In order to bring a successful negligence claim in Iowa, the plaintiff must prove that a duty existed on the part of the defendant, the defendant breached that duty, the defendant’s breach of duty caused injury, and the plaintiff suffered damages as a result.
Iowa follows the Uniform Comparative Fault Act which is found within Iowa Code Chapter 668. The Act states that if the plaintiff’s fault is not more than the fault of all other parties combined, then the plaintiff is not barred from a monetary recovery. However, any award of damages will be diminished in proportion to the amount of fault attributable to the plaintiff.
For example, if the plaintiff’s fault is found to be 20% and the fault of all other parties is found to be 80%, then the plaintiff will be allowed to recover 80% of the total damage. If the plaintiff is found to be 50% at fault and all other parties combined are also found to be 50% at fault, then the plaintiff can recover 50% of the total damages. If, the plaintiff is found to be 60% at fault, and all other parties are found to be a combined 40% at fault, then plaintiff is barred from recovery.
Modified Joint & Several Liability
Generally, in a negligence action where there are multiple defendants who caused injury to the plaintiff, those defendants can be held jointly and severally liable to the plaintiff. This means that if the plaintiff is ultimately awarded damages, the damages may be collected from either one, or both, of the defendants.
However, under Iowa Code §668.4 joint and several liability only applies to defendants who are 50% or more at fault for an injury and are only jointly and severally liable for a plaintiff’s economic damages.
Per Reilly v. Anderson, 727 N.W.2d 102 (Iowa 2006), all defendants who acted in concert, aiding and abetting each other to cause the negligence, will be held jointly and severally liable, even if they are found by a court to be less than 50% at fault.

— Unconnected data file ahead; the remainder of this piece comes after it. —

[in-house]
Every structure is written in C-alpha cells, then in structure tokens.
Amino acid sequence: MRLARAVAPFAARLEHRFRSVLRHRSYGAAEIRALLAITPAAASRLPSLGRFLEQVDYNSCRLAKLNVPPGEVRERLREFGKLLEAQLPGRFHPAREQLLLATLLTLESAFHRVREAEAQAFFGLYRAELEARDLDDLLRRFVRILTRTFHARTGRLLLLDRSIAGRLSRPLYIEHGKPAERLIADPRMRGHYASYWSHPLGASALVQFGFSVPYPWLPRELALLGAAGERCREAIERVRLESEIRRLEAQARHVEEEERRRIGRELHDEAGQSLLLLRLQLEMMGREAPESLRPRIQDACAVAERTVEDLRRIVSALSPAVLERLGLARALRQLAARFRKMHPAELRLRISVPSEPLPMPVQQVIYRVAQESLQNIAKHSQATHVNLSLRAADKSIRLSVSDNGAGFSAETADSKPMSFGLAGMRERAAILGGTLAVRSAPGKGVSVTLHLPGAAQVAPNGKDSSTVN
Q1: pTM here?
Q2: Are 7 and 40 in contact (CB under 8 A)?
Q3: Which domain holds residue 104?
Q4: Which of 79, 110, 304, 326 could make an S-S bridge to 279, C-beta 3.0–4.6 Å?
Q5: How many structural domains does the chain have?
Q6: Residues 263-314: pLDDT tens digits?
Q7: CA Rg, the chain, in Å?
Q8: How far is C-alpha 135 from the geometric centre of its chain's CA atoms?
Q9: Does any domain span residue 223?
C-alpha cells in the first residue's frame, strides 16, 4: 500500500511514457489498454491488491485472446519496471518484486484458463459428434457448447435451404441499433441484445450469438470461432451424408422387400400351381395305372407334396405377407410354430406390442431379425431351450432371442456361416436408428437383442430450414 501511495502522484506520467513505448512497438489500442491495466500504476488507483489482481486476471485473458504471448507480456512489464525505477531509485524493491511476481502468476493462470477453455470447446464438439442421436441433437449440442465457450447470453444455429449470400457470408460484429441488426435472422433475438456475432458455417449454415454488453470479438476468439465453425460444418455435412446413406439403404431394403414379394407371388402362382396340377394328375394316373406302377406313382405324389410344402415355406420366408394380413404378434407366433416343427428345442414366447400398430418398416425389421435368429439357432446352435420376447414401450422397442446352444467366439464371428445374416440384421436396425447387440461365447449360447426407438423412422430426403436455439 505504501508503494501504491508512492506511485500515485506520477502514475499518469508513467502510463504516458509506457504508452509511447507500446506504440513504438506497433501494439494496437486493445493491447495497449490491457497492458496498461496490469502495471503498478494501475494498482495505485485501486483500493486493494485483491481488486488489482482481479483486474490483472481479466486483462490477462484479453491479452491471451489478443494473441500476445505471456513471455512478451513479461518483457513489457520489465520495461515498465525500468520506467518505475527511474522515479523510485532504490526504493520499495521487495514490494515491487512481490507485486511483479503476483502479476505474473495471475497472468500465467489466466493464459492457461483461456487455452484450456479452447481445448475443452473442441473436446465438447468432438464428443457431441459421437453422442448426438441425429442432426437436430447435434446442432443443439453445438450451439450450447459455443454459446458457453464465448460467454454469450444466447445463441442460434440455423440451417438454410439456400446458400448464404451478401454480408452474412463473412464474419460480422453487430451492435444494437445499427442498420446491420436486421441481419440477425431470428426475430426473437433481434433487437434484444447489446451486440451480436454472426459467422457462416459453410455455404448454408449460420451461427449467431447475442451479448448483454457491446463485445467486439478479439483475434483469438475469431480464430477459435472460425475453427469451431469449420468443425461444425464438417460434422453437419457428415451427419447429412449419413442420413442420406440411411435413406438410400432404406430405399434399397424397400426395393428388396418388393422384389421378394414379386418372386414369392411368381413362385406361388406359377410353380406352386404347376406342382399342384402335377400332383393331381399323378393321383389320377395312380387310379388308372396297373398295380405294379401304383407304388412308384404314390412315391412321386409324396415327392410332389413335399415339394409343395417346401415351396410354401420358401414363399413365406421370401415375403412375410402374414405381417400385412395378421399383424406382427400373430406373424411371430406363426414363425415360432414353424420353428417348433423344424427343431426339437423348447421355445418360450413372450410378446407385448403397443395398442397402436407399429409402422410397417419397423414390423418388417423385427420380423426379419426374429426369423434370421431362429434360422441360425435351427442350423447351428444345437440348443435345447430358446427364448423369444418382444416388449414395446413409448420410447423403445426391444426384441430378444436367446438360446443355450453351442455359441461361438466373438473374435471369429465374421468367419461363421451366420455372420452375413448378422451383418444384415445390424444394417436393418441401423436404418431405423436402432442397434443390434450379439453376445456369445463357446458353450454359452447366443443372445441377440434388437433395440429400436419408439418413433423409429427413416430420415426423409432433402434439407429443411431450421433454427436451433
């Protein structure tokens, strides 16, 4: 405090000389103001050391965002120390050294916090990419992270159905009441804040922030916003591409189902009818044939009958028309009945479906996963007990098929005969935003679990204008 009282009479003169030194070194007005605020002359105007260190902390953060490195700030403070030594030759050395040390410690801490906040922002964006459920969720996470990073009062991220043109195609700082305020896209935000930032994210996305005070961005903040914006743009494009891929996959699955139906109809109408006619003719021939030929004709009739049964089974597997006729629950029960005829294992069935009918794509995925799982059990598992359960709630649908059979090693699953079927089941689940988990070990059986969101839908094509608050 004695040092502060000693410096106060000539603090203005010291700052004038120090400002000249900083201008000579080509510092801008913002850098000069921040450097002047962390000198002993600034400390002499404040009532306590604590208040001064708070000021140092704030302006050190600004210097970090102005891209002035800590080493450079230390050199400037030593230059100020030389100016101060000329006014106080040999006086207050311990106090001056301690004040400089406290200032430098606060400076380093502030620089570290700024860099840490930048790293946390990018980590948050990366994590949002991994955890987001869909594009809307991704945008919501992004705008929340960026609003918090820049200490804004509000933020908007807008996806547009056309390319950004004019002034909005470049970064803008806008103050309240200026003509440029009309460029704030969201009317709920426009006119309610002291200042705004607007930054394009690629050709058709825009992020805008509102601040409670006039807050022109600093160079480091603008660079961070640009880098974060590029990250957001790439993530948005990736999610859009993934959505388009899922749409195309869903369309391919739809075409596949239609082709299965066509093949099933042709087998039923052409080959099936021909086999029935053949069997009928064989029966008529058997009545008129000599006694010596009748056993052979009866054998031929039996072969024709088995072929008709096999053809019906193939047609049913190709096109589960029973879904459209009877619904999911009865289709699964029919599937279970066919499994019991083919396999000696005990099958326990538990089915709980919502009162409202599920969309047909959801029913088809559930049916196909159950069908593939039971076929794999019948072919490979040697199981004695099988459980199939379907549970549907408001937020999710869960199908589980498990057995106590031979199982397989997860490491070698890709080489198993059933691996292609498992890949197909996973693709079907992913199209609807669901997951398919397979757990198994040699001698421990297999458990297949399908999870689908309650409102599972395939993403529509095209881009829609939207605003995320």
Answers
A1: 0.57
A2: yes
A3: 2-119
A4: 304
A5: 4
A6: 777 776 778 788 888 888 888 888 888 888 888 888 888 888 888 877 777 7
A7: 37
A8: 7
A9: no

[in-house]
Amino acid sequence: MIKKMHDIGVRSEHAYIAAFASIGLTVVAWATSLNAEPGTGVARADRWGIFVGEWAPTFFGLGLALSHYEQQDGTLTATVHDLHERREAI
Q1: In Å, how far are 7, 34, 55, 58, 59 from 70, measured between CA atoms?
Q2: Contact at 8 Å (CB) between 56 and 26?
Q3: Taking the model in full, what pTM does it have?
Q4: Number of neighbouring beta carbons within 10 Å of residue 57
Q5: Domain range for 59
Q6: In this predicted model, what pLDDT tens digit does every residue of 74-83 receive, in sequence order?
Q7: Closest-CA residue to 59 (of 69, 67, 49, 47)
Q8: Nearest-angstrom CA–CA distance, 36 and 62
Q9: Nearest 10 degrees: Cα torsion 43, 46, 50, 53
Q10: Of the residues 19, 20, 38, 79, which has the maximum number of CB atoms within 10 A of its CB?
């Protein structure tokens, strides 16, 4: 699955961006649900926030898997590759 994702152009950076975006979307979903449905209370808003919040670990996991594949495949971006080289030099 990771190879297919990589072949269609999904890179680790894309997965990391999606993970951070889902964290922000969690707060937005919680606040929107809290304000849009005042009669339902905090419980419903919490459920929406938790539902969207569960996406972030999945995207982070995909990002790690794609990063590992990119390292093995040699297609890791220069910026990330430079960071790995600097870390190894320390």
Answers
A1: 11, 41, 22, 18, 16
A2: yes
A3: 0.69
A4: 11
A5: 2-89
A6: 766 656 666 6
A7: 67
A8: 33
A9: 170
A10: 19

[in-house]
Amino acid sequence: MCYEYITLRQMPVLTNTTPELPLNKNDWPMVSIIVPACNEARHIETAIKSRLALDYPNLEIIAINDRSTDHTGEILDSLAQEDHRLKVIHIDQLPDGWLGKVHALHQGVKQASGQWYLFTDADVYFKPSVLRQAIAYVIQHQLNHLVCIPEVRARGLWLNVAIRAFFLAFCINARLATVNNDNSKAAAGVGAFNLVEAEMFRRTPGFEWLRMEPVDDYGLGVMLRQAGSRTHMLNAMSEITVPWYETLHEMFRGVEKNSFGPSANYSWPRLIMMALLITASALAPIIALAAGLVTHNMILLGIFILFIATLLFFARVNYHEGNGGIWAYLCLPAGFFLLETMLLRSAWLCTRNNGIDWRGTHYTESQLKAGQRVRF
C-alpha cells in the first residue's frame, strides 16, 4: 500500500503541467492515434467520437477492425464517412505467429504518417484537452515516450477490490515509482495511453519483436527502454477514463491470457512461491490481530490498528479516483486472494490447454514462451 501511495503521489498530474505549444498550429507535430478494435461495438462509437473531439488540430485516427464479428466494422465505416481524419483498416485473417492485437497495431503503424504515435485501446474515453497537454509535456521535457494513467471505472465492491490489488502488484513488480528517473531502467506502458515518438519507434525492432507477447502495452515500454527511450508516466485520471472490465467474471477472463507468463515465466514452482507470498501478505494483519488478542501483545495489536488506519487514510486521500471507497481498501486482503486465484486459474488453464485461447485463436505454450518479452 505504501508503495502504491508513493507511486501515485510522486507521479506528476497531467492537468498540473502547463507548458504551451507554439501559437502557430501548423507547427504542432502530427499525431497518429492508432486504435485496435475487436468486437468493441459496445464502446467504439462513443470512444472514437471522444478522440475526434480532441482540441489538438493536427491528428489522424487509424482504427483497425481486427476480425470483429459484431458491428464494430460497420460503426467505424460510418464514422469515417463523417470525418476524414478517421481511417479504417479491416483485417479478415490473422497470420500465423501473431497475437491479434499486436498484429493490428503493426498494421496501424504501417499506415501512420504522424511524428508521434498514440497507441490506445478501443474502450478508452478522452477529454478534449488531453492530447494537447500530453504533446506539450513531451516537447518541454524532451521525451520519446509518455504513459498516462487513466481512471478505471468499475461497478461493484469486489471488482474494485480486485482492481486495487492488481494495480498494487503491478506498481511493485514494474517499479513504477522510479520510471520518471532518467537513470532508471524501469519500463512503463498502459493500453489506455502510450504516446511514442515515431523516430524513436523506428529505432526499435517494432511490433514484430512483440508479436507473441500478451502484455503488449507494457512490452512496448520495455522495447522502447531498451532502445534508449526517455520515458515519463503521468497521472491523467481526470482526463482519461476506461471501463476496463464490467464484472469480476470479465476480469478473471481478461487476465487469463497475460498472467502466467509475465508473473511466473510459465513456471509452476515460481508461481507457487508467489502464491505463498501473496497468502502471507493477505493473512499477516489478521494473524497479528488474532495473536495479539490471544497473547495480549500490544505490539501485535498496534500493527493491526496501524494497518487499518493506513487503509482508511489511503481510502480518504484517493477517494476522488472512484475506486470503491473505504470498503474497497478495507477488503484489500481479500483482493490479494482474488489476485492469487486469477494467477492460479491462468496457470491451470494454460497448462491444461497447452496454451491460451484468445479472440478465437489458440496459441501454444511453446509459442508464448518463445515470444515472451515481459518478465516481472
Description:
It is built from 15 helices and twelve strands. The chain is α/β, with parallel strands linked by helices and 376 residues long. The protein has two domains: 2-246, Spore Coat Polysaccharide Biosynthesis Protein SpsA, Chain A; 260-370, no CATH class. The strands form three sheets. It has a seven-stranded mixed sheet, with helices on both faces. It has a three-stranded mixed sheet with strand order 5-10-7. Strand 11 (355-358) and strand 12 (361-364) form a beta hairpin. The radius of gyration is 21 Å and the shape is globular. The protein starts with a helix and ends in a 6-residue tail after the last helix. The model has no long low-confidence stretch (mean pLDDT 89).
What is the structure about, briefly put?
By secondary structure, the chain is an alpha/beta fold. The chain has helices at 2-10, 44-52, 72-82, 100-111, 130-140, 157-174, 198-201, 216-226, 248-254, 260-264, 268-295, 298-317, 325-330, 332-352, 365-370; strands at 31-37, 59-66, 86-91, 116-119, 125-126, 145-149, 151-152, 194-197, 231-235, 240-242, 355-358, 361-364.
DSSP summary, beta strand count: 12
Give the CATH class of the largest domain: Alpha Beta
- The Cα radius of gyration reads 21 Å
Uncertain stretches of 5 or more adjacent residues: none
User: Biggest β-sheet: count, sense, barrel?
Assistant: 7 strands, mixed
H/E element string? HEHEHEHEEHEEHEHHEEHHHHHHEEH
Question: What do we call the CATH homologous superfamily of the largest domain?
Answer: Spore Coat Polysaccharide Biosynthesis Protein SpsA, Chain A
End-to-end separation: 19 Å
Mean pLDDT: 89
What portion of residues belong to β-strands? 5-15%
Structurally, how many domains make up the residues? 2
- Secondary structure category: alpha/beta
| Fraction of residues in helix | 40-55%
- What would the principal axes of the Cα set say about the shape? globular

A defendant who pays more than their share based on the fault of all defendants is permitted to seek contribution against the other responsible tortfeasors.
Compensatory damages are intended to compensate the plaintiff for injuries suffered as a result of the negligence of the defendant(s). The award is meant to restore the plaintiff – as much as possible – to the condition they were in prior to the injury occurring.
Compensatory damages can include both economic and non-economic damages. In Iowa, economic damages can include past, present and future medical care and treatment, loss of wages, or loss of future earning capacity. Non-economic damages include an award for pain and suffering, discomfort, loss of love, care, companionship, and enjoyment of life.
Punitive damages are meant to punish a defendant rather than to compensate the plaintiff. In order to support an award of punitive damages, it must be proven by clear and convincing evidence that the defendant acted with willful and wanton disregard for the rights or safety of the plaintiff.
The law firm of Walker Morgan is located at 135 E Main St., Lexington, SC 29072. All lawyers at Walker Morgan are licensed to practice law in the State of South Carolina. Should you wish to retain our firm for legal representation regarding a potential case in any other jurisdiction we are required to associate local counsel in that foreign jurisdiction and seek permission from a court of the foreign jurisdiction to temporarily engage in the practice of law therein for purposes of pursuing your potential claim only.
By offering the following information the lawyers at Walker Morgan are not offering legal advice or legal guidance. The lawyers at Walker Morgan are not licensed to practice law in Iowa. Should you have a question/concern specific to Iowa law, please contact an attorney licensed to practice law in the State of Iowa.